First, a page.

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Report on Turner Field fatal fall reveals more details
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More details were revealed in the report of the Fulton County Medical Examiner's office, which ruled the death of a Conyers man who fell to his death at Turner Field as a suicide.

Ronald Homer, Jr., 30, fell 85-feet into the players' parking lot just after the rain-delayed Aug. 12 game against the Phillies started at 9 p.m. He was transported to Atlanta Medical where died.

According to the Medical Examiner's report, a witness saw Homer climb over the railing and then hop or jump into the parking lot five stories down.

"In order to classify the manner of death as a suicide, there needs to be an indication that the person acted deliberately to harm him/herself. It does not require depression, although suicide is often seen in depressed individuals," wrote the examiner. "In this case, the decent was witnessed by a credible, objective witness to climb over a railing, one leg at a time, and then to jump down toward the ground."

She later wrote, "The point of departure from the railing was clearly visible from the vantage point of a witness, who watched from the row of vendor carts on the concourse, as the decendent walked along onto the landing by the freight elevator, reappeared at the railing, climbed over with one leg and then the other, holding the railing with one hand, and then hopped down."

The area where Homer fell was well lit and the ground was reportedly visible as well.

The report concluded it was unlikely the 6-foot 6-inch Homer toppled over the 3-foot 6-inch railing. His center of gravity, which is midway or about 3-feet-3 inches, would have had to be higher than the railing, according to the examiner.

Homer's blood alcohol level was found to be about twice the legal limit. The alcohol would have played a factor in removing inhibitions but the report concluded it would not have made him intoxicated enough to topple over the rail. "If he had been intoxicated enough to fall over the railing, he would not have had the decision-making capacity to perform a maneuver similar to a diving tuck to prevent landing on his head. Alcohol intoxication would not make him jump deliberately, unless he already considered doing so, as it tends to remove inhibitions."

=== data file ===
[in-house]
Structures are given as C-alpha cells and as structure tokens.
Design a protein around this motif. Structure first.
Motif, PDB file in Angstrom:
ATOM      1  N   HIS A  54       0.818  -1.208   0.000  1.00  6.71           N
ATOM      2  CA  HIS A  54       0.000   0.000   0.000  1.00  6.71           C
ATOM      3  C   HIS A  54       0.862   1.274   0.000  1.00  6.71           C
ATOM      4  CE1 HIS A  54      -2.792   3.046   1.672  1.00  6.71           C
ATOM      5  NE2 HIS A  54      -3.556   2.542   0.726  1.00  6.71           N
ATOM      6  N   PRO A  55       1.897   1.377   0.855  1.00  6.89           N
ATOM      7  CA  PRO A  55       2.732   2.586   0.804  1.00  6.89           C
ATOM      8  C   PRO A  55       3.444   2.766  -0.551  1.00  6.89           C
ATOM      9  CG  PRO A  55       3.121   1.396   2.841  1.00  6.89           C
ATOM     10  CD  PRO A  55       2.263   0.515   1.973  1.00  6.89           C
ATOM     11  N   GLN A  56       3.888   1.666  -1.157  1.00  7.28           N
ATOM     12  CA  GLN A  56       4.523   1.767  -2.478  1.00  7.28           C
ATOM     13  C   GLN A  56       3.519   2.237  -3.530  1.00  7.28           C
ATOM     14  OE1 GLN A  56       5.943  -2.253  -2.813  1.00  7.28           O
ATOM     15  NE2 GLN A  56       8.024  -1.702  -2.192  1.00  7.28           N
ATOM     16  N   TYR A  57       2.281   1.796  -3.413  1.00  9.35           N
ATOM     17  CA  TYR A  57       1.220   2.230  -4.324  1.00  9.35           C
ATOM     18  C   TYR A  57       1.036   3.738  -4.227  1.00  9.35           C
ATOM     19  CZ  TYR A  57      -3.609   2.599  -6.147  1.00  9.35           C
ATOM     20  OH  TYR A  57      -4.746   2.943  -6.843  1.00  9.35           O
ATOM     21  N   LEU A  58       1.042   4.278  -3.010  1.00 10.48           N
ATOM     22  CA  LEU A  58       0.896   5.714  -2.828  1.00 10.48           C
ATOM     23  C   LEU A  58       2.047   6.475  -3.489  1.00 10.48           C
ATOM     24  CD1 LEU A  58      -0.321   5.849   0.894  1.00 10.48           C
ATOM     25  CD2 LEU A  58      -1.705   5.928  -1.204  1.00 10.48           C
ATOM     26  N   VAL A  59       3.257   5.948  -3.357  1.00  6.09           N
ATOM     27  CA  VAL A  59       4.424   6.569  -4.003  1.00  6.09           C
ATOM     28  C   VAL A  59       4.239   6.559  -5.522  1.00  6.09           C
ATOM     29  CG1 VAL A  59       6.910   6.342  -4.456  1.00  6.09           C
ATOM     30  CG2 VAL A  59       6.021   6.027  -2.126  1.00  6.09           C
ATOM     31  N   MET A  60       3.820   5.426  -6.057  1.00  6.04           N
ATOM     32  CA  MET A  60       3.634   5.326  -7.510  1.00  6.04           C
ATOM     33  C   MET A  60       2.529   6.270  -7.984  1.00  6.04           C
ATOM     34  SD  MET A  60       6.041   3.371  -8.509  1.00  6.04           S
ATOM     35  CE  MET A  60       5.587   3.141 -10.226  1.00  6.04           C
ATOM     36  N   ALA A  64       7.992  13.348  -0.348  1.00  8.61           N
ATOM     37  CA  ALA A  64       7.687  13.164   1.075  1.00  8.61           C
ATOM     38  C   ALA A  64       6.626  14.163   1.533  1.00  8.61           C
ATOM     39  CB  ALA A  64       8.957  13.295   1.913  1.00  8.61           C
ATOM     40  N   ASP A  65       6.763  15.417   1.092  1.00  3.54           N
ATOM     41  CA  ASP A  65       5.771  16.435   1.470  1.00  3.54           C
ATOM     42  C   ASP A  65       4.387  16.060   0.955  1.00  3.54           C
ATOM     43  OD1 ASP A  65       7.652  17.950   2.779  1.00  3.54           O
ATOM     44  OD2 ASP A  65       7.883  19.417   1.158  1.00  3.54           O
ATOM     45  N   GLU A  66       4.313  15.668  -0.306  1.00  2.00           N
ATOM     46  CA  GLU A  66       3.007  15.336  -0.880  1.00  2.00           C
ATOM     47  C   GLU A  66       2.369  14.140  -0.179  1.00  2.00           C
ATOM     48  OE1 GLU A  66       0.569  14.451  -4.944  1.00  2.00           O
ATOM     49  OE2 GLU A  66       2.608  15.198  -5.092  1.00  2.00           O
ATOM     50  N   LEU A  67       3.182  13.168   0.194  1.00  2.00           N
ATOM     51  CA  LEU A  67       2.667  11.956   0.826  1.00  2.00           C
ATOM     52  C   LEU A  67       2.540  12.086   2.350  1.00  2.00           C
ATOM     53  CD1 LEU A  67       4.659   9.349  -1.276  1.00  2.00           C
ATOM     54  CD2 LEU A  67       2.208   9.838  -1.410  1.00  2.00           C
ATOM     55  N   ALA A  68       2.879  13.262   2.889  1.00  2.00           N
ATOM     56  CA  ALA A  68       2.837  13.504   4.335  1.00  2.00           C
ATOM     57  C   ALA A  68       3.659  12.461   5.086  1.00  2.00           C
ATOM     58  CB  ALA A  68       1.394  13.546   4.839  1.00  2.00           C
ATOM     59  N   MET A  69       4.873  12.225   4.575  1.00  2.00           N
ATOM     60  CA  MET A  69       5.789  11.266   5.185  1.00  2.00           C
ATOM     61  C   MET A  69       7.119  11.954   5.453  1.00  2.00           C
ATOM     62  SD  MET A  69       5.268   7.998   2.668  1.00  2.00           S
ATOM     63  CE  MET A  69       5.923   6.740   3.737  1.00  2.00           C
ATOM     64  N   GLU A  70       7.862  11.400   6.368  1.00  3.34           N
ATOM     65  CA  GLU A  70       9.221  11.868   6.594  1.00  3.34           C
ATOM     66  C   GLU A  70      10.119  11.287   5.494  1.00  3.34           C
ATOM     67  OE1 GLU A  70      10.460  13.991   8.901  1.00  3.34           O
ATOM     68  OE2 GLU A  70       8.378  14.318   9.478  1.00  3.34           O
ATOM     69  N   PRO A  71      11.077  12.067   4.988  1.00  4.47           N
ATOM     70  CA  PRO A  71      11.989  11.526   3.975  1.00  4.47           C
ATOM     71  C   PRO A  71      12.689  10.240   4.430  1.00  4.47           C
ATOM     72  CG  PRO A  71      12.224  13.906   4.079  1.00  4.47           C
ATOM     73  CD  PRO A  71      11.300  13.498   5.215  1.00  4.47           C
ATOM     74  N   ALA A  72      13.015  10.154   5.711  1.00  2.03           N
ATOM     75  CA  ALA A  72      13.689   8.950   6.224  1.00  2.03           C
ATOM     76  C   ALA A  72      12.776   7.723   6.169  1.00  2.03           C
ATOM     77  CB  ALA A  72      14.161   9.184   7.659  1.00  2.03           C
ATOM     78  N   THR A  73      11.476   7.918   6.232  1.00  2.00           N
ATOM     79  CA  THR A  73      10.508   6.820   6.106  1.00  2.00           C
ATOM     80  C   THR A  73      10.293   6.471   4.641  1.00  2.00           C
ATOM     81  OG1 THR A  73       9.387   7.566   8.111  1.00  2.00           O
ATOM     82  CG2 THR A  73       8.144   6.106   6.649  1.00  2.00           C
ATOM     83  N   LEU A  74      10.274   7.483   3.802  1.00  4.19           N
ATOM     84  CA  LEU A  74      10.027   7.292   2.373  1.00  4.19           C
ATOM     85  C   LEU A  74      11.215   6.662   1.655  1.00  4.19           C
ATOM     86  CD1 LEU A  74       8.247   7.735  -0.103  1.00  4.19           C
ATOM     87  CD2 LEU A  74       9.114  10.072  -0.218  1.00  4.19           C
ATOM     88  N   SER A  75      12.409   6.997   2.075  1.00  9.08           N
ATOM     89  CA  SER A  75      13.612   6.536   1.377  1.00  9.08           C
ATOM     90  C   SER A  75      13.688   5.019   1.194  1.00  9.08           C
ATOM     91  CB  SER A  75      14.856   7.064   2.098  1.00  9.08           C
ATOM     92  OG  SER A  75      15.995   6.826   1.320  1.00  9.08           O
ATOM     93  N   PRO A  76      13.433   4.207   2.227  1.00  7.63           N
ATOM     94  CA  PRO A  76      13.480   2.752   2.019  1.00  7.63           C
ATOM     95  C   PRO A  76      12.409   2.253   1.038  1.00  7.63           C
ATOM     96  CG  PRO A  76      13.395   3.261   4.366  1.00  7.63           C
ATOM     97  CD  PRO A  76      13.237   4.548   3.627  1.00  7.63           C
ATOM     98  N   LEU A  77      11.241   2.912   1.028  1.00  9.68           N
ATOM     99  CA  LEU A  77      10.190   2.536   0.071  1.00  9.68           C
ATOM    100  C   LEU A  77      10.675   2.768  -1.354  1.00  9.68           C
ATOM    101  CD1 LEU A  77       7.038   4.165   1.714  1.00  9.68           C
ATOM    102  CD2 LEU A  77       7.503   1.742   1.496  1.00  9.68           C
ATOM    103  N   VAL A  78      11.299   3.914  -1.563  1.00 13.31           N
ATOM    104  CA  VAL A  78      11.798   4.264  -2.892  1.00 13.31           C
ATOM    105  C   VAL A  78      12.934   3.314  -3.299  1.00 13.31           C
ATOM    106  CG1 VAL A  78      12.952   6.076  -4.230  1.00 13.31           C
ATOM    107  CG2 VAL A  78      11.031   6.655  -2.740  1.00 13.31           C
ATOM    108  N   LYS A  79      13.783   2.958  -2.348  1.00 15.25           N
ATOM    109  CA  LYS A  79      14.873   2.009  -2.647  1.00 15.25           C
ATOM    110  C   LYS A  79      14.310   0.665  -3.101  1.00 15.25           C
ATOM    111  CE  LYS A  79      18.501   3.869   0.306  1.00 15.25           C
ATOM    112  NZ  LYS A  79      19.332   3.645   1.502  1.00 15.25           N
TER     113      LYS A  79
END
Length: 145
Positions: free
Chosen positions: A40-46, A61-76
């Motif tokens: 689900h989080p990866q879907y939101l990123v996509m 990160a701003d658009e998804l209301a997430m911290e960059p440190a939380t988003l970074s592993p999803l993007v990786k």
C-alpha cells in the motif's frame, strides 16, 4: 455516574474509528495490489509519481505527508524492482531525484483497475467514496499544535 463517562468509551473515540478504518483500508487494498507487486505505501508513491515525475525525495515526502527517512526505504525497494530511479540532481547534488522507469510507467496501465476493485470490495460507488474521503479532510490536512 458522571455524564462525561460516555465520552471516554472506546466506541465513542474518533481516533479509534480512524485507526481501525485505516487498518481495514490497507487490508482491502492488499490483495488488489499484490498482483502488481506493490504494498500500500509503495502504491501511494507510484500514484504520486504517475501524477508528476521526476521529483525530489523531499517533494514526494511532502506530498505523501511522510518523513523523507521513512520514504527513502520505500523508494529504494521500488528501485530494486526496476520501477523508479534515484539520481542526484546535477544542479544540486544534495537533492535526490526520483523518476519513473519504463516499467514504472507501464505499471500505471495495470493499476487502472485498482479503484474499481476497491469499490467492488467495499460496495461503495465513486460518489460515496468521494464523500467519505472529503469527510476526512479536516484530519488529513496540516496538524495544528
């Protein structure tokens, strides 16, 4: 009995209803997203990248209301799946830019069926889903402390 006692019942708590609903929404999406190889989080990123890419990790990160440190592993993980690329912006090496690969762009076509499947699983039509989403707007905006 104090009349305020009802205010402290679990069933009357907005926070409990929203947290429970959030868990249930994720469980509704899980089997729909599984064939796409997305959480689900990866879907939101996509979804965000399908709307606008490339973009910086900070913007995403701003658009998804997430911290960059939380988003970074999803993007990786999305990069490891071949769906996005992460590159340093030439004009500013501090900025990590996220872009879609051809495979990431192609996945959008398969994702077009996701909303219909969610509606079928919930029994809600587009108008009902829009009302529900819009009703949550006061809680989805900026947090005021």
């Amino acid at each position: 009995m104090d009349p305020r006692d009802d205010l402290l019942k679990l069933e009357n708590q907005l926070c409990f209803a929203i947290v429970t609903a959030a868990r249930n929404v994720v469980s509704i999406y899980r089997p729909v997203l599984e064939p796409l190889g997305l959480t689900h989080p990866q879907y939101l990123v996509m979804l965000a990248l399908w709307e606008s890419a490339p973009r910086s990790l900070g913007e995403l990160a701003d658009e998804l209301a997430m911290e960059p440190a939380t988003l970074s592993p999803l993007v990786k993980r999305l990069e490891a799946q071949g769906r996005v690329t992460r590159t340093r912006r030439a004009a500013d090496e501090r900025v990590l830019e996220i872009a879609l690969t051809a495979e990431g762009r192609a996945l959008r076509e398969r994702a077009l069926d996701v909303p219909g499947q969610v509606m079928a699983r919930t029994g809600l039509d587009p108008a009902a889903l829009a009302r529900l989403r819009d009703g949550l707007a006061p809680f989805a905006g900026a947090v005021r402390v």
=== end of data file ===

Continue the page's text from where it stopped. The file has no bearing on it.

Homer was reportedly aware of the 2008 death of a fan who fell at Turner Field and had talked about the incident with a friend.

Homer was a 2001 graduate of Rockdale County High School where he had been the captain of the basketball team, said his uncle. Ron was a sports fanatic, following everything from baseball to NASCAR and mixed martial arts. He receivied an academic scholarship to study sports medicine at Emory University's Oxford College.

In recent years, after a brief marriage and divorce, he was living at home with his parents and working for various landscaping jobs and companies.

Ron Homer was reportedly the second spectator to die from falling off upper levels in the last five years at Turner Field. In 2008, a 25-year-old Cumming man fell 150 feet onto the field and died during a Braves-Mets game.

"There's no excuse," said Homer's uncle Robert Homer in a previous interview about the facilities at Turner Field. "There's got to be something to protect the patrons... I'm not going to let this one be swept under the rug."

Last year, at the Georgia Dome, a 25-year-old Tennessee man died after falling off the railing during a Tennessee-North Carolina football game.